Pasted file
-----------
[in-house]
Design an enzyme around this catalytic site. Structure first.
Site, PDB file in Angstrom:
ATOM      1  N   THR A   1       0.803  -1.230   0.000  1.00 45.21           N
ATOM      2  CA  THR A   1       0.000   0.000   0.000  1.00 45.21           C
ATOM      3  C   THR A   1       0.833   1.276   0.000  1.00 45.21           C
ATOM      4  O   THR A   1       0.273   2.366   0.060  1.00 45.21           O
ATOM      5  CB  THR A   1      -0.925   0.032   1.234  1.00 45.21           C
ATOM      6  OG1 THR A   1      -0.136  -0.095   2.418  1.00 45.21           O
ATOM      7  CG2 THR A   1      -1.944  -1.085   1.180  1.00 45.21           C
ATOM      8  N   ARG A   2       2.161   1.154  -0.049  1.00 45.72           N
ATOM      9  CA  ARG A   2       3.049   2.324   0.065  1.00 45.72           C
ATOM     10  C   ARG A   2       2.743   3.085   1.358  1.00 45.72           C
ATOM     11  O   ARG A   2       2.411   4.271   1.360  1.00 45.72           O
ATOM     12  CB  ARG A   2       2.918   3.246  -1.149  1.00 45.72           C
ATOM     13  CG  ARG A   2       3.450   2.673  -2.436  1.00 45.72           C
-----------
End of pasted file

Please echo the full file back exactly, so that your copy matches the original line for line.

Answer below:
[in-house]
Design an enzyme around this catalytic site. Structure first.
Site, PDB file in Angstrom:
ATOM      1  N   THR A   1       0.803  -1.230   0.000  1.00 45.21           N
ATOM      2  CA  THR A   1       0.000   0.000   0.000  1.00 45.21           C
ATOM      3  C   THR A   1       0.833   1.276   0.000  1.00 45.21           C
ATOM      4  O   THR A   1       0.273   2.366   0.060  1.00 45.21           O
ATOM      5  CB  THR A   1      -0.925   0.032   1.234  1.00 45.21           C
ATOM      6  OG1 THR A   1      -0.136  -0.095   2.418  1.00 45.21           O
ATOM      7  CG2 THR A   1      -1.944  -1.085   1.180  1.00 45.21           C
ATOM      8  N   ARG A   2       2.161   1.154  -0.049  1.00 45.72           N
ATOM      9  CA  ARG A   2       3.049   2.324   0.065  1.00 45.72           C
ATOM     10  C   ARG A   2       2.743   3.085   1.358  1.00 45.72           C
ATOM     11  O   ARG A   2       2.411   4.271   1.360  1.00 45.72           O
ATOM     12  CB  ARG A   2       2.918   3.246  -1.149  1.00 45.72           C
ATOM     13  CG  ARG A   2       3.450   2.673  -2.436  1.00 45.72           C